The explosion of new knowledge about radiation sensitivity and radiation biology is such that even the scholarly, relatively extensive review of the subject authored by Drs. Rosen, Fan, Goldberg, and Rockwell covers but a small proportion of this vast, complex topic.
In both parts 1 and 2 of their article, Rosen et al emphasize the large number of exciting new technical advances in the delivery of radiation therapy that will increase radiation dose delivery to the tumor and decrease the dose to normal tissue. According to the authors, the ability to deliver conformal radiation therapy will (1) allow for tighter field marginswith some risk of underdosing the tumor at those margins; (2) permit the delivery of a heterogeneous dose within the target (ie, a boost within the field that may allow for shorter treatment time and more dose-intensive radiation therapy); and (3) require even more precise tumor imaging to avoid marginal misses.
Any dose increment achieved by the use of photons, brachytherapy, particles, and/or systemically administered radiation therapy will eventually be limited by normal tissue tolerance, however. Advances in the use of radiation (and other forms of energy) will require biological therapies along with the best technical treatmentsa point emphasized by Rosen and colleagues.
How, then, does a technically based field, such as radiation therapy, best utilize the many biological advances outlined by Rosen et al? Radiation oncology is one of the few specialties that rests on four pillars: medicine, physics, biology, and chemistry. Are these truly independent disciplines, however, or just different facets of a complex biological process?
Radiation therapy is often conceptualized as isodose curves, with isodoses viewed as being akin to isobars or isotherms on a weather map or contour lines on a geological map. However, radiation dose is much more complex than what one sees on color-washed contour figures. When a dose of 1 Gy of x-rays (low linear-energy transfer radiation) is delivered to a cella dose that is half the typical clinical fraction (1.8 to 2 Gy)approximately 70% of the cells will survive. Yet, there are millions of lesions created in the nucleus and likely millions created in the cytoplasm, the vast majority of which are not permanent. Nevetheless, as illustrated by the figures in the paper by Rosen et al, the cell does respond.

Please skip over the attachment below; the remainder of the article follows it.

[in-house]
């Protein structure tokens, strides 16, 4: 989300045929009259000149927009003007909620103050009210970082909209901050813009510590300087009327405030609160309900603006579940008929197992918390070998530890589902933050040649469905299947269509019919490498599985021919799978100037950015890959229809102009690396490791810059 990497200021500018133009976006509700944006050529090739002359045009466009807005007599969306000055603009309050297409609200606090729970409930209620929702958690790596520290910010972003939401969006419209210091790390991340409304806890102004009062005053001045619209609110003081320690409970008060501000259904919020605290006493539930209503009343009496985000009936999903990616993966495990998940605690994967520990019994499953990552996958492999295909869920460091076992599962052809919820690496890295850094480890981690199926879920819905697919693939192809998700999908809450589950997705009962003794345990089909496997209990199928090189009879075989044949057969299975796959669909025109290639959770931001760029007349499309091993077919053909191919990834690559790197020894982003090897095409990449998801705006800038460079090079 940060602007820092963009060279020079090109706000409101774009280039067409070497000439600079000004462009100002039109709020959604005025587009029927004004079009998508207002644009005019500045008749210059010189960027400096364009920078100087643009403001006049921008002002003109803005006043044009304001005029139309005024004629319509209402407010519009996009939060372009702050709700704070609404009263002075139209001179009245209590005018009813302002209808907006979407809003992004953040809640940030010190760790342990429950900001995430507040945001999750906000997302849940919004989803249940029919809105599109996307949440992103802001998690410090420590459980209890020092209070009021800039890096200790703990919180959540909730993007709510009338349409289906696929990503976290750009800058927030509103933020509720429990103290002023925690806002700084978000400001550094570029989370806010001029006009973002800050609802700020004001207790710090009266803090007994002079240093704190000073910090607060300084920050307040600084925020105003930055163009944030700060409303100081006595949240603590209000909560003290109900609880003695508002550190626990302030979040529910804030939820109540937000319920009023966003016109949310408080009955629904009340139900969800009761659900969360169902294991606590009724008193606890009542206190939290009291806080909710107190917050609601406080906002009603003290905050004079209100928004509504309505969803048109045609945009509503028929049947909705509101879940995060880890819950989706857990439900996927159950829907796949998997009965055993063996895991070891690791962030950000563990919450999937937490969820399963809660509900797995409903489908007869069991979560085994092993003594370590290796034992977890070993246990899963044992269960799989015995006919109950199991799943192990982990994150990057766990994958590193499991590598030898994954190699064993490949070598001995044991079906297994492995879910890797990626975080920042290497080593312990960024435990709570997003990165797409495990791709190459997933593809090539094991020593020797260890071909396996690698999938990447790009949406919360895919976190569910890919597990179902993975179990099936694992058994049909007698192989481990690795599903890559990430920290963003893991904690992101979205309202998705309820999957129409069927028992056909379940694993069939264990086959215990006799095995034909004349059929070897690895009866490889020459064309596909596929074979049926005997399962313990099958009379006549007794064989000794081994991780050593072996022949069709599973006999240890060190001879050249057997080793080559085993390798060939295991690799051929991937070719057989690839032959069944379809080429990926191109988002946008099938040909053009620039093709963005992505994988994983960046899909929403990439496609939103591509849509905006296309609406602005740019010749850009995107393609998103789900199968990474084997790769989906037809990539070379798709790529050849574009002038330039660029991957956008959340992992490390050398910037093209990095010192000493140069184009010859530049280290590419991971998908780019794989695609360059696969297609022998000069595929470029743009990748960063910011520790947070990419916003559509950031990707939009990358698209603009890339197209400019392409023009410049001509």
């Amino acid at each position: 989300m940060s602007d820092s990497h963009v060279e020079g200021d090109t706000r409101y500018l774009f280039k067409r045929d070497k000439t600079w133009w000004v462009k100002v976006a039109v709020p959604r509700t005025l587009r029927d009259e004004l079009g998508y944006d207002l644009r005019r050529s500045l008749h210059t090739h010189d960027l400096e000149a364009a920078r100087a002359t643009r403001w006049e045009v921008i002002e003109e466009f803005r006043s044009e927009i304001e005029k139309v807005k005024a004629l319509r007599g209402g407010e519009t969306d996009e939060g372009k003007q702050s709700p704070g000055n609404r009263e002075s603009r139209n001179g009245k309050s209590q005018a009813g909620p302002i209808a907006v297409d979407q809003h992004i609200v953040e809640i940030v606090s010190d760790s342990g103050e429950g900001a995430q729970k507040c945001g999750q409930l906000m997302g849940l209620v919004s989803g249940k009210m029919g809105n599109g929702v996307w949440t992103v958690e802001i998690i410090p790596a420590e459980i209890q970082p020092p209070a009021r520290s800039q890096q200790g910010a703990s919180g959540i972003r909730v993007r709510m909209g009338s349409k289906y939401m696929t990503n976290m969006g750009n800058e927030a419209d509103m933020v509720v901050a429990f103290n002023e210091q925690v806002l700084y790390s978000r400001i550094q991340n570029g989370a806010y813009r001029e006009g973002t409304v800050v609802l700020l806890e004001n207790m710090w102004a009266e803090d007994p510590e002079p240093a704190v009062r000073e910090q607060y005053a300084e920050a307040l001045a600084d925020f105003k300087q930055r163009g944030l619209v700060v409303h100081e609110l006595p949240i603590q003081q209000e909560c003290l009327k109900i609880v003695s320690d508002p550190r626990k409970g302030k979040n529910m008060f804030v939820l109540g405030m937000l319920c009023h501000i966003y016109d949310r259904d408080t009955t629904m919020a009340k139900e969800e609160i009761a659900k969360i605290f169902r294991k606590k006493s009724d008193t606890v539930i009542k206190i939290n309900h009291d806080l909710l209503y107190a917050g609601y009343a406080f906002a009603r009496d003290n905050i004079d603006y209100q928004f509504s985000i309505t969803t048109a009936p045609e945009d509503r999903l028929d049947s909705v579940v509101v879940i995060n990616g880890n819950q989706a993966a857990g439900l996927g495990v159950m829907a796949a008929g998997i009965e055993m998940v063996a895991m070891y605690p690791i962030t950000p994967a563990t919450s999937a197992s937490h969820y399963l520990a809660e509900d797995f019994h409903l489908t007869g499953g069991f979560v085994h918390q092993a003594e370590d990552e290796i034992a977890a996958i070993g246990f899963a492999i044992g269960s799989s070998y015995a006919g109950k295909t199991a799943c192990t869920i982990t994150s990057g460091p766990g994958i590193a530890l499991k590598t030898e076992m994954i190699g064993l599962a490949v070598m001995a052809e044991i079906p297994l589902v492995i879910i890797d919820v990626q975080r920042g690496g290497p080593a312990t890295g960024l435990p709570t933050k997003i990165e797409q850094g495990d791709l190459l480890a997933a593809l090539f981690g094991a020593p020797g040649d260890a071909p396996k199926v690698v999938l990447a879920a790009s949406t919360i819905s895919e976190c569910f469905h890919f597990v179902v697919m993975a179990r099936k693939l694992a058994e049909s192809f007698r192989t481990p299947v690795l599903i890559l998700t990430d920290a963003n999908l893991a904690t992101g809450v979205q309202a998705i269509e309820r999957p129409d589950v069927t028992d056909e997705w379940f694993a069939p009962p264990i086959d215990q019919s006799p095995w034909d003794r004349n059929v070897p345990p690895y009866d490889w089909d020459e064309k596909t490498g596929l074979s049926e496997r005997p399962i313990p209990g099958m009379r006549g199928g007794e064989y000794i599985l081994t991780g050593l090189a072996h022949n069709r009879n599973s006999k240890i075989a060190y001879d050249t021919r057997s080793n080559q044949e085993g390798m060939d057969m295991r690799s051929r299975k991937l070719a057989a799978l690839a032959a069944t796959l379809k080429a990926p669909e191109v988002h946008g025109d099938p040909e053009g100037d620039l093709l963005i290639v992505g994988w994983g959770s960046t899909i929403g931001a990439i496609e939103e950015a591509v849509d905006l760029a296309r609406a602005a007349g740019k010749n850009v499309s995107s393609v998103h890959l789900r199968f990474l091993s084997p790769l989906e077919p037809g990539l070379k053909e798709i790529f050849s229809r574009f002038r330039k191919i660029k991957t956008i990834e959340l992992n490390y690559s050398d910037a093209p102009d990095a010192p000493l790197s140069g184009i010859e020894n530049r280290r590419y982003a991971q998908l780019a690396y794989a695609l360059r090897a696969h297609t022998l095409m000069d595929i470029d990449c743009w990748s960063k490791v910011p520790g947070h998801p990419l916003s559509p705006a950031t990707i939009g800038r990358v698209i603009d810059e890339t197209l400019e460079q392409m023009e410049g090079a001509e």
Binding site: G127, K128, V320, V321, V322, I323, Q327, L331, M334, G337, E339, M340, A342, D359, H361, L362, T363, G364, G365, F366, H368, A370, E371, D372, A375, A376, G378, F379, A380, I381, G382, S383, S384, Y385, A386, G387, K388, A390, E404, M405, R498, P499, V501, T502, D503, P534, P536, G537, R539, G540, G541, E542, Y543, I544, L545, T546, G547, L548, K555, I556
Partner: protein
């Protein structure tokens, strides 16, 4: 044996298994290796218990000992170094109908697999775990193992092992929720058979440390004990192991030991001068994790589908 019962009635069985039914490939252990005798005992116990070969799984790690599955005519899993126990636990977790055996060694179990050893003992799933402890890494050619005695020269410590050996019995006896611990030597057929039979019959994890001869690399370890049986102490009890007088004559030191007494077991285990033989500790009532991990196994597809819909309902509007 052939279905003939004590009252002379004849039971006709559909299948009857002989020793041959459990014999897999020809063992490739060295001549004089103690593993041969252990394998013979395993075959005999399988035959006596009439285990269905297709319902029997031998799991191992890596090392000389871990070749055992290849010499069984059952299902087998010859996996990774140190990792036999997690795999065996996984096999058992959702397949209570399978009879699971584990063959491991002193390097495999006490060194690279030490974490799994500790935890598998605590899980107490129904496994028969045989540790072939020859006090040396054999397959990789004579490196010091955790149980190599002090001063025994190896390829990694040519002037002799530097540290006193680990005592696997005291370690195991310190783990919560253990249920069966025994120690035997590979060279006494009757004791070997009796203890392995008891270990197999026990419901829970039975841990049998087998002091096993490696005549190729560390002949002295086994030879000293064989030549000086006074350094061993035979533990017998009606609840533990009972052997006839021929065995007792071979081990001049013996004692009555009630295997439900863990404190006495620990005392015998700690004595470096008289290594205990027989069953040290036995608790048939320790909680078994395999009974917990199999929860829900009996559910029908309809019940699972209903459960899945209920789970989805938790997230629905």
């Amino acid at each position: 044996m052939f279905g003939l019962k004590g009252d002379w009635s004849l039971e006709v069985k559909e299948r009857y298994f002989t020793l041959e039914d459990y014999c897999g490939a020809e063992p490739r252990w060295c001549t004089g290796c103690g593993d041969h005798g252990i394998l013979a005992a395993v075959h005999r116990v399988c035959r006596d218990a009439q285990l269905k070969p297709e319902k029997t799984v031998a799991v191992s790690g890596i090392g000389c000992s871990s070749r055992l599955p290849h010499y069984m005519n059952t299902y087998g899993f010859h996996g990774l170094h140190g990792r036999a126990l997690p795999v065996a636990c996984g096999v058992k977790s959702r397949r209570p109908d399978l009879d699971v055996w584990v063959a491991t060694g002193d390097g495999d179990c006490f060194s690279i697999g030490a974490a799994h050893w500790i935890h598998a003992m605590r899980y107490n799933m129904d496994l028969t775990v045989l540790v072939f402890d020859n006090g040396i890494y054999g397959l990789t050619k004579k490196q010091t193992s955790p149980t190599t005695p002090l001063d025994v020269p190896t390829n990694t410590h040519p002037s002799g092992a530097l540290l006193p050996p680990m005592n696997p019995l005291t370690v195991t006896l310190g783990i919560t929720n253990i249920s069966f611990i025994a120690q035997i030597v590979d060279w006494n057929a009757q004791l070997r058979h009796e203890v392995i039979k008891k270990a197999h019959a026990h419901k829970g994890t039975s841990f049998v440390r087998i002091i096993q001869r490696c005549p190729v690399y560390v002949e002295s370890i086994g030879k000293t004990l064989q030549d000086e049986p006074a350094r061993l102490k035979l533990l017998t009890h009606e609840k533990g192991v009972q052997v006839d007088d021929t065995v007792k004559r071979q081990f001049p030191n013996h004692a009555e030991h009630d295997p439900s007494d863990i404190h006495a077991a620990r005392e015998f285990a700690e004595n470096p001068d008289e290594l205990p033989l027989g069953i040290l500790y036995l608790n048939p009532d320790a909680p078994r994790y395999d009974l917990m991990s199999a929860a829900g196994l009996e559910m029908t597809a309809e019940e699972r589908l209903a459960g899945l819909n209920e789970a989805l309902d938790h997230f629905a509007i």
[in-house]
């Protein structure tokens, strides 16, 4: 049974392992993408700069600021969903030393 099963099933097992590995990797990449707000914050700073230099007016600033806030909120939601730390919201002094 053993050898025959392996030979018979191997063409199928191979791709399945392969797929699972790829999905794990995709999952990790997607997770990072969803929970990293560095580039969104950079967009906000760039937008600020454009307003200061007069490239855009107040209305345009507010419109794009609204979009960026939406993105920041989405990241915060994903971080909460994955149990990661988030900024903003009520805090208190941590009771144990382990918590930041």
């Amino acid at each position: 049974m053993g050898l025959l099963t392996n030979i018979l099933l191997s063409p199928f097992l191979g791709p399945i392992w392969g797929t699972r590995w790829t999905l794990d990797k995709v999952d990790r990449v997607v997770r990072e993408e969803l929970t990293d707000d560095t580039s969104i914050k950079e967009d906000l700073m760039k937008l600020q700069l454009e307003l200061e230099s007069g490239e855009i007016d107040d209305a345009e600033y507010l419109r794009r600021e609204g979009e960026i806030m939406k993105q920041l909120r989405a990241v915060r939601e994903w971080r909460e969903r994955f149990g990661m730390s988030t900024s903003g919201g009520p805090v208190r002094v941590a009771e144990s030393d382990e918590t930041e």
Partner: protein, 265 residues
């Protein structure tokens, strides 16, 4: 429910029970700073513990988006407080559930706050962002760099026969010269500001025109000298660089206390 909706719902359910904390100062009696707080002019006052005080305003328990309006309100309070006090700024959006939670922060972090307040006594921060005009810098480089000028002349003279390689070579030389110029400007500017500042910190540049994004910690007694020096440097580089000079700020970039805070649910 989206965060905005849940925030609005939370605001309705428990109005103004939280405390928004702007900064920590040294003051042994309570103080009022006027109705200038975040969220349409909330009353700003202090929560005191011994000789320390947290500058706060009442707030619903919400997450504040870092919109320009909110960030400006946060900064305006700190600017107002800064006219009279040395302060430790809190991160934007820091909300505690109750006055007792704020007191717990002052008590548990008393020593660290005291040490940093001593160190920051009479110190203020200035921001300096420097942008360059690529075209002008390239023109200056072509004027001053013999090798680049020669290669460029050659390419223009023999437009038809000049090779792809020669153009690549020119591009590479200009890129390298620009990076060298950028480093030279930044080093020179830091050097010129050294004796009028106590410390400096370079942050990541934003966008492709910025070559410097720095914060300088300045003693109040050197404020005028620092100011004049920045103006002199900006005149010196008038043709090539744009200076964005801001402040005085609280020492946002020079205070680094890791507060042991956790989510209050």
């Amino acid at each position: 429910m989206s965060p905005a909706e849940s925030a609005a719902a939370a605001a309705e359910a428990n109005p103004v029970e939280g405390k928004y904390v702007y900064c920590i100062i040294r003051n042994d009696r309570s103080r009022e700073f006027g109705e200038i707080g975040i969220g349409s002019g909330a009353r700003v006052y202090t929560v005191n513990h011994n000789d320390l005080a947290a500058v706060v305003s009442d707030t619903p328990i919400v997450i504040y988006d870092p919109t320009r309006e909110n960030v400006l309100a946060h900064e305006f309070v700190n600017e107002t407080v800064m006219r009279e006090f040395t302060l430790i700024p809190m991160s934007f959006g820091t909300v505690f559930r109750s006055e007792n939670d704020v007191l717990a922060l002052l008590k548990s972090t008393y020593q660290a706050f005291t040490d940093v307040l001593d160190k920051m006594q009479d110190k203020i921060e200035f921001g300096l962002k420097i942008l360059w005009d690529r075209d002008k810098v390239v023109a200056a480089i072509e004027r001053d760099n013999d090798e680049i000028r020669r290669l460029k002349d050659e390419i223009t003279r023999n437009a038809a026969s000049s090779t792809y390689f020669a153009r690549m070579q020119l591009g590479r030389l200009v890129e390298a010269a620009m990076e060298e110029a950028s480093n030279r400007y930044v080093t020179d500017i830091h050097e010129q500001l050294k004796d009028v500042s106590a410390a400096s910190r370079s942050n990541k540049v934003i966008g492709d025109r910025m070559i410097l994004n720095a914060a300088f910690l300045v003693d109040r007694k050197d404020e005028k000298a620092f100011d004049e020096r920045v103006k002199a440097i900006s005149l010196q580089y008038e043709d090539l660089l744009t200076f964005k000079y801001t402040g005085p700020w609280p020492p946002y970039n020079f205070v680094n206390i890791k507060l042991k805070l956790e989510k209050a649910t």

Furthermore, unlike drugs, radiation therapy is not limited by pharmacokinetics, and when one looks at the subcellular distribution of ionizations (track structure) at the nanometer range, one sees areas of more and less intense ionization, that is, there is dose heterogeneity.
When one thinks about radiation dose, a concept that I consider to be useful is focused biology. When one recognizes the many biological perturbations that result from radiation therapy (as outlined by Rosen et al), one can envision two interrelated paths for modifying the radiation response. The primary focus is on enhancing DNA damage, because unrepaired DNA double-strand breaks are important steps in cell death. A second approach, conceptualized by Coleman et al, centers on perturbing cellular homeostasis, perhaps by altering a signal transduction pathway, tendency toward apoptosis, or redox state, such that the cell, when subsequently irradiated, will respond differently.
For the tumor cell, one would strive to enhance cell death, and for the normal tissue, to reduce the probability of death (assuming that this did not lead to the persistence of cells with deleterious mutations). Pathways available for modifying radiation (altering radiation sensitivity) are numerous. Figure 1 illustrates some of the many potential targets for intervention. As illustrated, the tumor is far more complex than a cancer cell in tissue culture.
Elucidating the Precise Mechanisms of Response to Radiation